Welcome to the last post in this little Planning for Success Series. This post is more about giving your students back some responsibility as they complete their assignments, and taking it from you!
If you missed the any of the previous posts, click the links below.
The FREEBIES in this set of resources are some that I have developed and used for many years now. I use them because they make a difference to my students—they hand in work, and to me because I am chasing a lot less students for work that should have been completed!
This FREEBIE is more about helping your students with the focus on them and not the teacher. Hopefully, if you have followed the process from the beginning with the other tutorials, you will have a clear idea of the Big Picture.
Included here are Assignment Planning templates. These templates help to guide students through the process of planning their time and backward mapping. There are also some templates that will help students who are struggling to complete, and more.
I will always take a whole lesson to explain a new assessment, show samples and demonstrate to students how to plan their time to get to the end and submit their work. After I have taken my students through the expectations, I give them time to process, think and ask questions. I will ask them to complete the following questions. I usually have these questions printed in their actual assignment:
- Write a description of what the finished product will look like.
- Starting at the end, list the steps you need to complete the task.
- How much time do you have to complete the assignment?
- Go and add a time frame to the steps you write out in question 2.
- Use your phone or diary to set yourself reminders of when things should be done
- List what might stop you from achieving you goal of completing this assignment
- List some strategies to help you overcome the problems you might encounter.
This is of course, a sneaky combination of backward mapping and smart goal setting! My students will grumble and groan completing this step in their assignment, but it is so important to teach them these skills of time management and accountability. I will also have a planning template included in the assignment for them to use and write into.
In the FREEBIE download there are some other little bonuses for you to use. There are some other original assignment planning resources—Deconstruct/Reconstruct, and Thinking Questions. There is also a Time management activity to complete with your students, or even yourself!
Unfortunately, no matter how much time you put into setting up your students for success, there will always be those students who will not, or simply cannot submit work in on time. For those students I have a few strategies that I have and do use, with both my students and those of my Faculty.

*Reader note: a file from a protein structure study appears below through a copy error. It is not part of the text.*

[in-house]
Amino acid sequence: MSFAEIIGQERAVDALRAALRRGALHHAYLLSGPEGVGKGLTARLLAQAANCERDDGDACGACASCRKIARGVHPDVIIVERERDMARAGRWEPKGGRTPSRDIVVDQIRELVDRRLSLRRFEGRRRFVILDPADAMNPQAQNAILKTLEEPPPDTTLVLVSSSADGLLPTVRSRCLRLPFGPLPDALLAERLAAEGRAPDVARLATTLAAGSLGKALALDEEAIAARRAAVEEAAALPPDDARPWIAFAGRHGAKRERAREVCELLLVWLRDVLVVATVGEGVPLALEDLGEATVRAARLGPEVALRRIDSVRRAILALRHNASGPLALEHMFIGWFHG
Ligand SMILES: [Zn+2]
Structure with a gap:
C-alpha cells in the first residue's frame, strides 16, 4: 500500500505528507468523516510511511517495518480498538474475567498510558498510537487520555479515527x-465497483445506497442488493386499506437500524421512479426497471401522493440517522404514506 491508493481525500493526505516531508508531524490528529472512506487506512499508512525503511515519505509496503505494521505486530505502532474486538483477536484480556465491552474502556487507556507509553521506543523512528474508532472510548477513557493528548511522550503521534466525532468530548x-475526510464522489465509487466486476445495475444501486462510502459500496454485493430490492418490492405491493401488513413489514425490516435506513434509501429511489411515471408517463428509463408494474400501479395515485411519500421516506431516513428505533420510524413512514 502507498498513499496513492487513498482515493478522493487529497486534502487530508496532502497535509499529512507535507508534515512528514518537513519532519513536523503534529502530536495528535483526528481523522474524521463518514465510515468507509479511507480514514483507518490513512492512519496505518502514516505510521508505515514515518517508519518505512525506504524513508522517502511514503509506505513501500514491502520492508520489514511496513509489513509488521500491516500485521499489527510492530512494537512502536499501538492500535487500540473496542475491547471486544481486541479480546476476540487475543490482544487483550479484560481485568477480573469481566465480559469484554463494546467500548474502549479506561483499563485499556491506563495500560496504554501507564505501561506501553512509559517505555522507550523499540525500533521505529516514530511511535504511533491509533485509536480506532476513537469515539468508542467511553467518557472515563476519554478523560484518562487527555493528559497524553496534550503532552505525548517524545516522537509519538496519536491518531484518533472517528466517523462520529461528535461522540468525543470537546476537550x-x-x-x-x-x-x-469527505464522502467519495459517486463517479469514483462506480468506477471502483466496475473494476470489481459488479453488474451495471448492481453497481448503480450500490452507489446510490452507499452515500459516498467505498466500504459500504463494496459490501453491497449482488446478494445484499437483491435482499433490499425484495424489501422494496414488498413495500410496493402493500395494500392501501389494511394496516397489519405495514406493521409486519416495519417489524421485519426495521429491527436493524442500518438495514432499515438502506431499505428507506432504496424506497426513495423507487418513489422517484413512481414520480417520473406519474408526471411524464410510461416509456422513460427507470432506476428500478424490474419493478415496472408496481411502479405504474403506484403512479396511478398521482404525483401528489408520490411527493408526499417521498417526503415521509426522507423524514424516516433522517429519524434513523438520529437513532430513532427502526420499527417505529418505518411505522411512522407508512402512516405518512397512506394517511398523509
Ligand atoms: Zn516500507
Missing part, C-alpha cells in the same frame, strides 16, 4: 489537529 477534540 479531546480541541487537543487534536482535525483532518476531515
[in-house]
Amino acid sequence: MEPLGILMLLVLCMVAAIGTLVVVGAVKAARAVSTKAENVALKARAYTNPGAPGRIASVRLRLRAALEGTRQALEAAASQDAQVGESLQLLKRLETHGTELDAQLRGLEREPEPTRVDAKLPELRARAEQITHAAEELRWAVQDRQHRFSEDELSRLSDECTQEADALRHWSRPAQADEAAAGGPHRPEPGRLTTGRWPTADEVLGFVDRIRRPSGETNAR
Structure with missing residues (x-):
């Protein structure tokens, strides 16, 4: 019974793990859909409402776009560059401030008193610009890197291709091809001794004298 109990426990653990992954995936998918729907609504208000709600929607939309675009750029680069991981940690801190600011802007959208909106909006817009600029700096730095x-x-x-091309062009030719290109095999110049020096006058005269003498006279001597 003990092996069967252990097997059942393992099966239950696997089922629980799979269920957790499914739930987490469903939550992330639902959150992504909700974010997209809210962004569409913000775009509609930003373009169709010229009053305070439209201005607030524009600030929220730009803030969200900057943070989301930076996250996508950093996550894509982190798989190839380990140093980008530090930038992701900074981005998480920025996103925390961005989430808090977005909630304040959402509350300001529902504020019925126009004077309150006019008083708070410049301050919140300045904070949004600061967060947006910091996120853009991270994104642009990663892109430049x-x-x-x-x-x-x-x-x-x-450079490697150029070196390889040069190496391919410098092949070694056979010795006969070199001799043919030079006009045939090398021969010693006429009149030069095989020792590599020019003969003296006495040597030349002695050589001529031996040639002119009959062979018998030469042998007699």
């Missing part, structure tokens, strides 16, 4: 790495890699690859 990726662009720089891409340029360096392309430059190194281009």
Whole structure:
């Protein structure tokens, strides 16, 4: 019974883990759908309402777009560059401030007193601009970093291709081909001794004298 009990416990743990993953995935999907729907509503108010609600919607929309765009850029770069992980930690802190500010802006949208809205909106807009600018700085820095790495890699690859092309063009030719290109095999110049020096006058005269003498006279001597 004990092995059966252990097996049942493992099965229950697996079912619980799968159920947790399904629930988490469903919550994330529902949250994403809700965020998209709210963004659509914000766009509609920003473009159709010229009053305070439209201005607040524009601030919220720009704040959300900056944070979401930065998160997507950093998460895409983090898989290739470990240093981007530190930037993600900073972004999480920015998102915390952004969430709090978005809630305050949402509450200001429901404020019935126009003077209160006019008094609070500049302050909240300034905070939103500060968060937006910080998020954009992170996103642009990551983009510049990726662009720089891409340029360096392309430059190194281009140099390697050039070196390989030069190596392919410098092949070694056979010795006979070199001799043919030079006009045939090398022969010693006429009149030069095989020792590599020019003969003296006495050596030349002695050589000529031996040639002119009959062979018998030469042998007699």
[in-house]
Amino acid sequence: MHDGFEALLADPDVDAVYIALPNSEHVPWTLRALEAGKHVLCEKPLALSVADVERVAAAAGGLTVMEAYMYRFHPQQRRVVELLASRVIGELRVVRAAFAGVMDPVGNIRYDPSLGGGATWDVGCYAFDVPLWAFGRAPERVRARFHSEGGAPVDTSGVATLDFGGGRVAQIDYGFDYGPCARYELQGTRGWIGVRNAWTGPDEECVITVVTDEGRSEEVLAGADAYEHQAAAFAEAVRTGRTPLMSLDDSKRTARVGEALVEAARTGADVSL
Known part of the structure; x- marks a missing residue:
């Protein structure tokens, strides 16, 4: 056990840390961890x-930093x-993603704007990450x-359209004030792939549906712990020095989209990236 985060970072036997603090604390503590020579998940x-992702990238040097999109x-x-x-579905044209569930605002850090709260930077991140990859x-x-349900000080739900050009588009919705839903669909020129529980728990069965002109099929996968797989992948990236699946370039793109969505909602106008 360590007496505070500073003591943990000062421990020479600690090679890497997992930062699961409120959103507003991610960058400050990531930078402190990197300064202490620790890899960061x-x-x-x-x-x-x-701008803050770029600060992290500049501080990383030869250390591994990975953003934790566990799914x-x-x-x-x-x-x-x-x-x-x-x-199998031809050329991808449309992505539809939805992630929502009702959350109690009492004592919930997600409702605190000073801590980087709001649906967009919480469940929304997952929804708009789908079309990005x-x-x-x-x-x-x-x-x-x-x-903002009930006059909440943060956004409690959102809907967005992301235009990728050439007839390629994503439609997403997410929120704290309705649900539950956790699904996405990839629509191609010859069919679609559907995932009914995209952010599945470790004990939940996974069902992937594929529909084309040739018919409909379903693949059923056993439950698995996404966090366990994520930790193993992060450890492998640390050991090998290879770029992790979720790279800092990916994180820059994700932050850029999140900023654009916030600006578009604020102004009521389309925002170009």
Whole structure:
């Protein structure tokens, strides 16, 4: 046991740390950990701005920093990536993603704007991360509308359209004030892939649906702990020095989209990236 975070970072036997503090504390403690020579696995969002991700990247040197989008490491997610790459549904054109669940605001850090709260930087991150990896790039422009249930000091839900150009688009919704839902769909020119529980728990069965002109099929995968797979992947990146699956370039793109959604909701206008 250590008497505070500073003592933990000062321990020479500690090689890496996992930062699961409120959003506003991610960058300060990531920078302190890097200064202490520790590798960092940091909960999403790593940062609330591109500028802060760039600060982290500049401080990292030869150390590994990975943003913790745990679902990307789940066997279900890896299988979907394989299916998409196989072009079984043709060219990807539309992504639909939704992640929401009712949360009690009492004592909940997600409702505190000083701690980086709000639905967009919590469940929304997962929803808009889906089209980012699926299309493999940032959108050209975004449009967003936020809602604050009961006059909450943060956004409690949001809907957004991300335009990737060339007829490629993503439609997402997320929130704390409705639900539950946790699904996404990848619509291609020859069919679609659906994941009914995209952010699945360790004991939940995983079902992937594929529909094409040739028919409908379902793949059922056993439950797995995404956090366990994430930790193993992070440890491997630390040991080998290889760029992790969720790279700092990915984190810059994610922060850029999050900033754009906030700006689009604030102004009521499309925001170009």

With these students, I prefer that my staff complete these questions, before I get involved. Sometimes, I will relieve my staff of the burden and will go through the process with the student. In an interview with the student, the teacher will record the answers to these questions. Give yourself time to do this—it is not a quick procedure.
- Write a brief description of the task.
- Write down the parts that you have completed.
- Write down the parts that you have not completed.
- For the parts that were not finished, tick the appropriate boxes, OR write down the reasons for not completing the task. Give details. (there things like not organised, no motivation, no resources, etc…)
- How can we help you to hand in the task?
At this point a clearer idea of the issues should be evident. A conversation around what needs to be done and by when is had and then the dates are recorded. Each person signs the agreement and copies are made and kept by each person involved. Usually this is enough o get a student to complete at least some part of the task to a satisfactory level.
Yet still, there will be students who will not get through this process either—they will need to be referred on to people higher up the educational chain. What this process does is it supports both the staff and student, but mainly staff. It lets those who are higher up see that you have evidence of trying to help this student. It will demonstrate that you have tried and it is now the responsibility of the student because they obviously do not want to be helped.
All of these forms/templates are very self explanatory and are designed to guide both staff and students through the process.
If you have found this post this helpful remember, you can still enrol in the FREE Planning for Success Course.
In the course you will have access to all the Resources, Video Tutorials, Video Slides and more! Each video is only about 15 minutes long, and each printable resource can be used over and over for many years to come! Once enrolled in the course, you will have unlimited access and you can watch the videos as often as you like!
Until next time
Julia from jooya